Navigation Links
Drug dials down the energy within cells, UM researchers find

A drug effective at treating animal models of human autoimmune disorders and other diseases works by dialing down the activity of a key enzyme involved in energy production, University of Michigan researchers have found.

"Many drugs block the function of enzymes, essentially turning them off," said Gary Glick, who is the Werner E. Bachmann Collegiate Professor of Chemistry at U-M. "Our compound works more like a volume control, so we're able to dial enzyme activity down to a level that maintains normal function while simultaneously allowing for initiation of a process that selectively kills or disables disease-causing cells."

Glick and collaborators published their findings in the June 16 issue of ACS Chemical Biology.

The drug, discovered by Glick and coworkers and called benzodiazepine-423 (Bz-423), is a chemical cousin of anti-anxiety medications such as Valium and Xanax. In previous work, Glick's group showed that Bz-423 reduces effects of arthritis and the autoimmune disease lupus in mice and may be useful in treating psoriasis. Unlike conventional drugs for these conditions, which can't discriminate between healthy and disease-causing cells, Bz-423 is highly selective, homing in on disease-causing cells.

In an attempt to better exploit its therapeutic properties, the researchers have been studying the details of Bz-423's activity. They learned that the compound targets an enzyme inside mitochondria, the energy factories of cells. The specific enzyme, F1F0-ATPase, is responsible for producing most of the cell's ATP. That's a critical role because ATP, often referred to as the cell's energy currency, is the molecule that captures chemical energy from food and transfers it to energy-demanding processes, such as muscle contraction and the transmission of nerve signals.

"People had proposed in the past that if you could inhibit this enzyme, there might be therapeutic potential. But the problem is, if you inhibit the enzyme in the way most powerful drugs do, turning it off, you deplete the cell of ATP, and that's fatal," Glick said. "Our new work reveals the mechanism by which Bz-423 inhibits the enzyme while still allowing it to function. This is important because it suggests principles that may be useful for targeting other bioenergetic pathways. Now we have some rules that we can apply to be able to modulate the mitochondria in new ways that could be therapeutic."

Ultimately, the findings may have applications not only for lupus, arthritis and psoriasis, but also for other conditions, Glick believes. "There are other diseases---certain cancers and a number of other immune diseases---where we think the way the cells make and utilize energy is fundamental to the disease process. Combining that knowledge with our new knowledge of how to regulate the energy of the cell could open up new avenues for treating disease and monitoring the effectiveness of treatment."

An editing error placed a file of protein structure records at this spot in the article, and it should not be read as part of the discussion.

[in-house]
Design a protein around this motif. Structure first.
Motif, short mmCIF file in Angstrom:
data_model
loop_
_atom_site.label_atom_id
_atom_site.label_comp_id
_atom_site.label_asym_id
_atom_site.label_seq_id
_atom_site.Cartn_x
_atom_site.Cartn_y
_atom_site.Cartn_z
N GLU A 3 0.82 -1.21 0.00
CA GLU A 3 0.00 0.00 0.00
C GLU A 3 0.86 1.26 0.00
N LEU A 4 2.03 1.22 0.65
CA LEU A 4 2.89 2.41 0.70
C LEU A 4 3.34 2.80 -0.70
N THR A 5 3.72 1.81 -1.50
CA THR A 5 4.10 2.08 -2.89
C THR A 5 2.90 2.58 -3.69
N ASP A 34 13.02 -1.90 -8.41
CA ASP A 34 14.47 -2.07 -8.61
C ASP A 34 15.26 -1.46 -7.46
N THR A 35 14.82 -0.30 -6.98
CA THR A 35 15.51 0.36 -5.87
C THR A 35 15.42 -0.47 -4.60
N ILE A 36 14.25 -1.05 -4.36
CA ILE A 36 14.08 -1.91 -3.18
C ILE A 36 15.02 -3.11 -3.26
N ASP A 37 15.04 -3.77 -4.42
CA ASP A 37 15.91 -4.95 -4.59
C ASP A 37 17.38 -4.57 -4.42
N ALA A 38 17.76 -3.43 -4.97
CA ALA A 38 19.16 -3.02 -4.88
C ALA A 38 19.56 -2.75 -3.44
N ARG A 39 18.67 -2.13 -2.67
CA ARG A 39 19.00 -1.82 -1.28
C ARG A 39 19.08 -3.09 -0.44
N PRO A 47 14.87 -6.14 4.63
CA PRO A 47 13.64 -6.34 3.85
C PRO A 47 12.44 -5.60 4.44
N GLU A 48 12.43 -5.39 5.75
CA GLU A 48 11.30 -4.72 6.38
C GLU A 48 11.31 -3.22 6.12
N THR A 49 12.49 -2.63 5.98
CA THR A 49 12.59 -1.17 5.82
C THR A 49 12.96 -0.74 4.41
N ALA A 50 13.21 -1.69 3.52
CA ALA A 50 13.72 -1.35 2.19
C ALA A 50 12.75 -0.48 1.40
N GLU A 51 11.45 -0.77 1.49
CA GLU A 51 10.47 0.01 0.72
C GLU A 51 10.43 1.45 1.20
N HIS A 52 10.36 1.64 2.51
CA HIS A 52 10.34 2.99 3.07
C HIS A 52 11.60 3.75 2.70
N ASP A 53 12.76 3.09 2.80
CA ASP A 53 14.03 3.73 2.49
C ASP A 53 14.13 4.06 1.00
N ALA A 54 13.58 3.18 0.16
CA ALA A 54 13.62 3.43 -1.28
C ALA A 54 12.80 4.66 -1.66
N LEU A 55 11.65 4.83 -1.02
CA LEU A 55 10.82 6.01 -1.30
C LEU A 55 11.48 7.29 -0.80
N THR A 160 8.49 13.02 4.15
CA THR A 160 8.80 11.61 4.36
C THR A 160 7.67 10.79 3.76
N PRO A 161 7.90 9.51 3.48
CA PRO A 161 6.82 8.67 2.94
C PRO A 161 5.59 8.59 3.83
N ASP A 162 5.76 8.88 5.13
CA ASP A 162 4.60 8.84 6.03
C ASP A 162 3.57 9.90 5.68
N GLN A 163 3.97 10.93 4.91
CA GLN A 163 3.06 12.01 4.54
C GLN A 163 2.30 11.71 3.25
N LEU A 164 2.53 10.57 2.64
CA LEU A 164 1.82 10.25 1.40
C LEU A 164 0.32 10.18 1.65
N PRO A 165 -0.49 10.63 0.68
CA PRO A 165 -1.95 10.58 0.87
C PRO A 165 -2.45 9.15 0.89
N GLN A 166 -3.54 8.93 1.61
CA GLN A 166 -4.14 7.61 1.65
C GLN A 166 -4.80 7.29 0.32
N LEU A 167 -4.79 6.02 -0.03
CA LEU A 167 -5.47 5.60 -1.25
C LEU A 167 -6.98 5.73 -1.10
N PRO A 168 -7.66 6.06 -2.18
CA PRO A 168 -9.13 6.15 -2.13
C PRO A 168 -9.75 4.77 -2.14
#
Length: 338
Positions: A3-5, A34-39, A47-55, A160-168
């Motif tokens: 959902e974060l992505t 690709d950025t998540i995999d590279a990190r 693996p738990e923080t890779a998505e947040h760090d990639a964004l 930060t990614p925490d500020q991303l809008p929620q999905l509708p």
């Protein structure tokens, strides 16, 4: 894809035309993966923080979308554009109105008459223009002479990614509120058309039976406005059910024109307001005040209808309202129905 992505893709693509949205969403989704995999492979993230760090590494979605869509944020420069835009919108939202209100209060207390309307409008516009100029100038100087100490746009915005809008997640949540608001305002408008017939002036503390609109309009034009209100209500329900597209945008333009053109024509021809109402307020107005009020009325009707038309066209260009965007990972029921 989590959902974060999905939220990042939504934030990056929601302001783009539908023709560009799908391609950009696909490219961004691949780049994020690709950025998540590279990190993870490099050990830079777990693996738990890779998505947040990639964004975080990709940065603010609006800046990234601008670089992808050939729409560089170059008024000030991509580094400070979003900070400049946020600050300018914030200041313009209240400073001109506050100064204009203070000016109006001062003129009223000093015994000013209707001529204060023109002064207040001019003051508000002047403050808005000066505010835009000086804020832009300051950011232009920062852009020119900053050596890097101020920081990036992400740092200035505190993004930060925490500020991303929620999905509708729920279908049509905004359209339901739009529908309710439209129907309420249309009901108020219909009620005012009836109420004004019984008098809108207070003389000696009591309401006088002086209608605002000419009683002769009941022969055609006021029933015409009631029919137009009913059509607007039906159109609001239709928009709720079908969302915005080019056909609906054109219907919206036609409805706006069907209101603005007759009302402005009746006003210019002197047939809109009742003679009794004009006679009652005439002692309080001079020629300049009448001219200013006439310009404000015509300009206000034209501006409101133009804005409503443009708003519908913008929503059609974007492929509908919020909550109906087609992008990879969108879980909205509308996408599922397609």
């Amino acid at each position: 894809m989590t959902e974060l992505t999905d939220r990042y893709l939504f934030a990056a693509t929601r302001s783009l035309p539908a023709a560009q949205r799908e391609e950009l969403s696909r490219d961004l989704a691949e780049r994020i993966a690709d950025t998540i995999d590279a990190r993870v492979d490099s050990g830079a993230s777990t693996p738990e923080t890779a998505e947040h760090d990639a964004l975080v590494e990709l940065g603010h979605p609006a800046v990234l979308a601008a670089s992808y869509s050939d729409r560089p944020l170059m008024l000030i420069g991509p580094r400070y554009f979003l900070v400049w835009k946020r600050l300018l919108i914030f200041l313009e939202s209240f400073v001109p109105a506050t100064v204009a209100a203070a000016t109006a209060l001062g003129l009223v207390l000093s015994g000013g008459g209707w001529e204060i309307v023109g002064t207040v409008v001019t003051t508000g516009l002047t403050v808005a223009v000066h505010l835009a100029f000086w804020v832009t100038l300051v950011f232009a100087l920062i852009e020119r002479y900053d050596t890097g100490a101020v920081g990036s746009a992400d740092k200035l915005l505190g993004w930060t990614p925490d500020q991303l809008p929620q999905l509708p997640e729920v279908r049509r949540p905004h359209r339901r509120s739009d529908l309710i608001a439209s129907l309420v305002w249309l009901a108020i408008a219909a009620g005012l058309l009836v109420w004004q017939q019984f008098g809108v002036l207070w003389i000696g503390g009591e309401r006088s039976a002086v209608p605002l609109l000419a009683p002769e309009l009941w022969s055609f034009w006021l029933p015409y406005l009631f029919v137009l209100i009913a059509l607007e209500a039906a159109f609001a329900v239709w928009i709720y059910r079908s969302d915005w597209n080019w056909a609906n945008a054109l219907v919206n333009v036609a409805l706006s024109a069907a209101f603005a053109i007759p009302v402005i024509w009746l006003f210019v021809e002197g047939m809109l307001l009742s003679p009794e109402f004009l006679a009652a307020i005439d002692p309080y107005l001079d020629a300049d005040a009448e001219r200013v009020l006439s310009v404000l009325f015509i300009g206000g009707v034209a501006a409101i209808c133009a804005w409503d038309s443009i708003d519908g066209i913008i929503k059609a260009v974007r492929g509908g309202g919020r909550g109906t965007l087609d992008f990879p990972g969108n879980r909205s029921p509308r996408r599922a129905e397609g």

'"/>

Source:University of Michigan


Related biology news :

1. Growth in biomass could put US on road to energy independence
2. Hydrogen and methane provide raw energy for life at Lost City
3. Study of energy and health in Africa focuses spotlight on charcoal and forest management
4. UCSD study clarifies insulins role in blocking release of energy in patients with type II diabetes
5. Ethanol and biodiesel from crops not worth the energy
6. Free-energy theory borne out in large-scale protein folding
7. Odd energy mechanism in bacteria analyzed
8. Environmental metagenomics diagnosing extreme environments, tapping opportunities for clean energy
9. Lactic acid not athletes poison, but an energy source - if you know how to use it
10. Taking evolutions temperature: Researchers pinpoint the energy it takes to make a species
11. Johns hopkins researchers find link between cells energy use and genome health
Post Your Comments:
*Name:
*Comment:
*Email:


(Date:4/15/2016)... 2016 Research and Markets has ... Market 2016-2020,"  report to their offering.  , ... ,The global gait biometrics market is expected to ... period 2016-2020. Gait analysis generates multiple ... used to compute factors that are not or ...
(Date:3/31/2016)... , March 31, 2016  Genomics firm Nabsys has ... CEO, Barrett Bready , M.D., who returned to ... the original technical leadership team, including Chief Technology Officer, ... Product Development, Steve Nurnberg and Vice President of Software ... the company. Dr. Bready served as CEO ...
(Date:3/22/2016)... , PROVO and ... Newborn Screening Ontario (NSO), which operates the highest sample ... molecular testing, and Tute Genomics and UNIConnect, leaders in ... respectively, today announced the launch of a project to ... (NGS) testing panel. NSO has been ...
Breaking Biology News(10 mins):
(Date:5/25/2016)... ... 2016 , ... The Ankle Plating System 3 and Small ... fractures of the distal tibia and fibula. This system marks Acumed's continued commitment ... is composed of seven plate families that span the lateral, medial, and posterior ...
(Date:5/25/2016)... ... May 25, 2016 , ... ... (RFI) issued by the Office of the National Coordinator for Health IT (ONC) ... determines if clinically relevant data were available when and where it was needed. ...
(Date:5/25/2016)... CITY, UTAH. (PRWEB) , ... May 25, 2016 , ... ... in healthcare information exchange, today announced that Charles W. Stellar has been named by ... WEDI’s interim CEO since January 2016. As an executive leader with more than 35 ...
(Date:5/25/2016)... ... May 25, 2016 , ... ... Drug Administration (FDA) has granted the company’s orphan drug designation request covering BHV-4157 ... drug designation granted by the FDA. , Spinocerebellar ataxia is a rare, ...
Breaking Biology Technology: